So, we’re going to also keep a very close eye on this but we haven’t heard of anything yet which suggests that the planes aren’t going to be built. All of the customers are kind of pulling away so, at this stage our best information is that should this—with the conclusion that the good rates should remain pretty solid.

Mark Parr - Keybanc Capital Markets

Okay, and so a minute here we’re just talking about the commercial side, how much of a pick up are you expecting out of JSF program at this point?

Michael Goldberg

I think I’ve outplayed these numbers talk about the kind of doubling of the production for that. You could—

Mark Parr - Keybanc Capital Markets

What does that mean for you guys, as far as revenues are concerned?

Michael Goldberg

It’s our - approximately taking our revenues from about 3 million to about 10 from ’08 to ’09. So it’s about $7 million increment as that build occurs, I think, based on a build of about 21.

Mark Parr - Keybanc Capital Markets

Okay, alright. And in the - could you talk a little bit about the inventory accounting that’s going to emerge in ’09 with the new ERP system, are things going to become more transparent from - as far as LIFO is concerned?

Scott Stephens

Yes, Mark, we expect that they will and we’ve got the conversion right now planned for early next year. And we’ll anticipate providing you more details as we start the conversion. But yes, in the net effect, better transparency on the historicals on LIFO and the impact of LIFO on our results.

Mark Parr - Keybanc Capital Markets

Okay, are there going to be any sort of year-end adjustments required to get ready for this or is the balance sheet in a condition where it will be to seamlessly make this transition?

Scott Stephens

We don’t like to - relative to the conversion and things that are contemplated in the conversion, no we don’t expect any significant year-end adjustments for that. Of course as it relates to LIFO, being a snapshot at year-end as the critical factor in the final calculation, the pricing levels being in flux at the moment and inventory levels as well significantly in flux in the fourth quarter, we’ll have to factor those in. But those are sort of the typical components over and above that we don’t expect any adjustments required as it relates to the pending system conversion.

Mark Parr - Keybanc Capital Markets

Okay, alright. Okay, terrific. Thanks for all the commentary on the call today. It was very helpful.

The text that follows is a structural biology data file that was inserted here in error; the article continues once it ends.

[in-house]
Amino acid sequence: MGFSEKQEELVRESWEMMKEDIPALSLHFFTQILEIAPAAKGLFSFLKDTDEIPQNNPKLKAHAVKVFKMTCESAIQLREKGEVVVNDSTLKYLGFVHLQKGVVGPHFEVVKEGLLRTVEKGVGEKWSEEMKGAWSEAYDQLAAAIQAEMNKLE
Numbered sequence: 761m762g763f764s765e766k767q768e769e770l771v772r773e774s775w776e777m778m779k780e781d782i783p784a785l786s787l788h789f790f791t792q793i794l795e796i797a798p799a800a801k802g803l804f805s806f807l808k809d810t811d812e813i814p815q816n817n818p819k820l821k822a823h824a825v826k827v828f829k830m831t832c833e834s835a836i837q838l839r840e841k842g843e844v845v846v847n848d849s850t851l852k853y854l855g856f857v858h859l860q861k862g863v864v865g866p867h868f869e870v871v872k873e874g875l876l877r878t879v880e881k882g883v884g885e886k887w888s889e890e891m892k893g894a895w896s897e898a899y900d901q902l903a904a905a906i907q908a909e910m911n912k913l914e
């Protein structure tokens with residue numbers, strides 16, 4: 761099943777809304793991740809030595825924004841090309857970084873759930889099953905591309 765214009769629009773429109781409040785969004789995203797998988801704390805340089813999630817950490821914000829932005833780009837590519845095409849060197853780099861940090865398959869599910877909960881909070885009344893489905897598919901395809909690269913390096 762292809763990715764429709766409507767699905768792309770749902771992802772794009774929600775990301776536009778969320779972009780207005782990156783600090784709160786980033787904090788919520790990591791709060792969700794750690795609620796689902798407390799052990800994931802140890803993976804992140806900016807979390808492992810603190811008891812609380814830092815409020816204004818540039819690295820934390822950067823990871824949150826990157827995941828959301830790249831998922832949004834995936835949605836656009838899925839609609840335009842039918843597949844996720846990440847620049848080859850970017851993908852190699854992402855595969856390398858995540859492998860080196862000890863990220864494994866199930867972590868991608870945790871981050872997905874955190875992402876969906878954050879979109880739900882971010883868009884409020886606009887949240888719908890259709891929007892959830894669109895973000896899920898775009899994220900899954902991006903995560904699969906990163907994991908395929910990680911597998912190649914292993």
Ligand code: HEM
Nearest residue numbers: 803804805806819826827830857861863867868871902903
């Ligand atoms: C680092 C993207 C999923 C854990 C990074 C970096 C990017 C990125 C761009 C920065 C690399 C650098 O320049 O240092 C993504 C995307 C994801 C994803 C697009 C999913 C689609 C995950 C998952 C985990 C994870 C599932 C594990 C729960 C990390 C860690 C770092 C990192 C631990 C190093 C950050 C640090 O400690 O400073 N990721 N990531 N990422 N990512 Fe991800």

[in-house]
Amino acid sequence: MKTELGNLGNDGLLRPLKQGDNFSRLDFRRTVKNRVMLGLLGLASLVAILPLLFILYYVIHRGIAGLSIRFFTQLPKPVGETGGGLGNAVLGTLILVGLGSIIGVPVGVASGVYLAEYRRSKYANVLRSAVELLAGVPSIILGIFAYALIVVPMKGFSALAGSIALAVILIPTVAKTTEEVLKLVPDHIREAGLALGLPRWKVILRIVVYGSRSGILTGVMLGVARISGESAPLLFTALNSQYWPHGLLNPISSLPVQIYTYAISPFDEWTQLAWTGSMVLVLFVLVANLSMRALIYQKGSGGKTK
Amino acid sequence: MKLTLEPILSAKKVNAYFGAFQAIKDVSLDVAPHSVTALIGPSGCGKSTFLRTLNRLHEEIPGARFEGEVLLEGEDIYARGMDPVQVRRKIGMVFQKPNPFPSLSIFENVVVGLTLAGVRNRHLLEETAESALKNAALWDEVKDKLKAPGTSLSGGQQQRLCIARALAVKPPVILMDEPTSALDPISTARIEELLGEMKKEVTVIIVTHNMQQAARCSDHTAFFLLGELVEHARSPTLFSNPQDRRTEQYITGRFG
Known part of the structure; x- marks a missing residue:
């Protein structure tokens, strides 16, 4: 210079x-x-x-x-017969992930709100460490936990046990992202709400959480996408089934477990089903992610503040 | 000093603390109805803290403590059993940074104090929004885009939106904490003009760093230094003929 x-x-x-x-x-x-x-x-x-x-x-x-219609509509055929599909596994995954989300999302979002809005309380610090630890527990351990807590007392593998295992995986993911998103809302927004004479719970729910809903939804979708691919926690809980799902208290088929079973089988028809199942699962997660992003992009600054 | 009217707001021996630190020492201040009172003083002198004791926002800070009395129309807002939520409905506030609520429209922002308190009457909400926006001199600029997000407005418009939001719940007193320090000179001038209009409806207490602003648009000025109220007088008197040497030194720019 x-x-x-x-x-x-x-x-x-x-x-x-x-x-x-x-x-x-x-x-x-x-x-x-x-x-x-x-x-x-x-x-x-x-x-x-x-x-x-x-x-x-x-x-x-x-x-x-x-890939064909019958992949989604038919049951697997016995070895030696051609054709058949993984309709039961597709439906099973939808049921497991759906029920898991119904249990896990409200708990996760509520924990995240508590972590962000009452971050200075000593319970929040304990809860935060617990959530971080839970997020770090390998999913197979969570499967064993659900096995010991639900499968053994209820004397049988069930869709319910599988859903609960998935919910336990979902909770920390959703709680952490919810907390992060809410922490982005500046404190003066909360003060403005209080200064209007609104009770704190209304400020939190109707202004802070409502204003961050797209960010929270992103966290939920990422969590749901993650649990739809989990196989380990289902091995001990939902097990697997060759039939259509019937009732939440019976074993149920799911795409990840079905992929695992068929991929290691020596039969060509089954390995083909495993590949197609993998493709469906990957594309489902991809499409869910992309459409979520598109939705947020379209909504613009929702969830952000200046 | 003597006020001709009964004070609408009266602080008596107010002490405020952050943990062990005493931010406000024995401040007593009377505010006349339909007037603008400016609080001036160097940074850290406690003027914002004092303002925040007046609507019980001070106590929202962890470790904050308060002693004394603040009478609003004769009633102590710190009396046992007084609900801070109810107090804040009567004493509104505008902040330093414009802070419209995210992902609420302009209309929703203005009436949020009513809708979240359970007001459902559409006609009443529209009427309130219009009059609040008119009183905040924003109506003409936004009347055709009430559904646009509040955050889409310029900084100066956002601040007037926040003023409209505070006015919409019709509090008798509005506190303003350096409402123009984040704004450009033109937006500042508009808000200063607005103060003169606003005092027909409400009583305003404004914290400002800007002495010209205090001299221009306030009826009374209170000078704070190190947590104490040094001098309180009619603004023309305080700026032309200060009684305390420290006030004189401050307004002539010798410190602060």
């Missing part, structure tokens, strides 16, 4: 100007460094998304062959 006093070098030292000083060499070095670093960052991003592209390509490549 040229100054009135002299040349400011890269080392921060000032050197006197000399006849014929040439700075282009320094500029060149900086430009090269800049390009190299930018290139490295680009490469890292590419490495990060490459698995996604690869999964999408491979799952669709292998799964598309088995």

Scott Stephens

Thanks Mark.


Alright, thank you. (Operator Instructions)

Tim Hayes from Davenport & Company, please go ahead with your question.

Tim Hayes - Davenport & Company

Hey, good morning. Just a question on the cash flows, I mean, what year-to-date cash flow from operations? Do you have that number?

Scott Stephens

We do. Bare with me one second, I’ll dig it out here. It’s slightly negative. It’s $15 million negative including all the working capital adjustments and it’s predominantly the - at least through September, predominantly the investments in inventory receivables that have resulted in a net use of cash through September. Obviously that will start to unwind itself here in the fourth quarter.

Tim Hayes - Davenport & Company

Actually that's my next question. What was the year-to-date change in working capital?

Scott Stephens

Without adding it all up here, the net is on or about $90 million through September.

Tim Hayes - Davenport & Company

And that’s a negative right?

Scott Stephens


Tim Hayes - Davenport & Company

Okay. Thank you.

Scott Stephens

Thank you.


Alright, thank you. And our next question is from the line of Nat Kellogg with Next Generation Equity Research. Please go ahead.

Nat Kellogg - Next Generation Equity Research

Hi guys. How are you doing?

Scott Stephens

Good. How are you?

Mike Goldberg

Good morning.

Nat Kellogg - Next Generation Equity Research

Just a couple of points. It looks like G&A was a little bit lower in the third quarter from the second quarter. Is there anything specific going on there or significantly is the rate that we can use going forward to project what that should be on the next couple of quarters?

Scott Stephens

Well, the CapEx is—no, there’s nothing unusual in the quarter. So the CapEx trends being what they are still with Oracle coming in but those are going to change. But as we mentioned, we anticipate the 2009 CapEx level to be quite a bit lower so it’s going to change again.

Nat Kellogg - Next Generation Equity Research

Okay. Alright, that’s helpful and then just an update on the Oracle ERP, it’s obviously in the Transtar business, is it in the plastics business or is it that going to be last?

Mike Goldberg

No. the plastics business is - has converted to a completely different ERP system. So that's behind them. They did that in August. So that’s separate.

Nat Kellogg - Next Generation Equity Research

Okay. So we’re basically looking at the Canadian business which will be in the first three months of the New Year and then the remainder of the Castle Metals business which should be hopefully by June or is that too optimistic? By the end of June or is that too optimistic?

Mike Goldberg

No. Here’s the plan. The Canadian business will convert early in the New Year. The balance of the Castle legacy system will be 90 days after that and then there are a number of other systems that we have.

We have another part of the aerospace could go on without the European aerospace business. We have a Mexican business to convert. So that follows after the Castle legacy system a number of smaller waves of switch over. So you got to put a couple of months in between each of those. So that kind of takes us through the basically this time next year. And that’s the plan to have.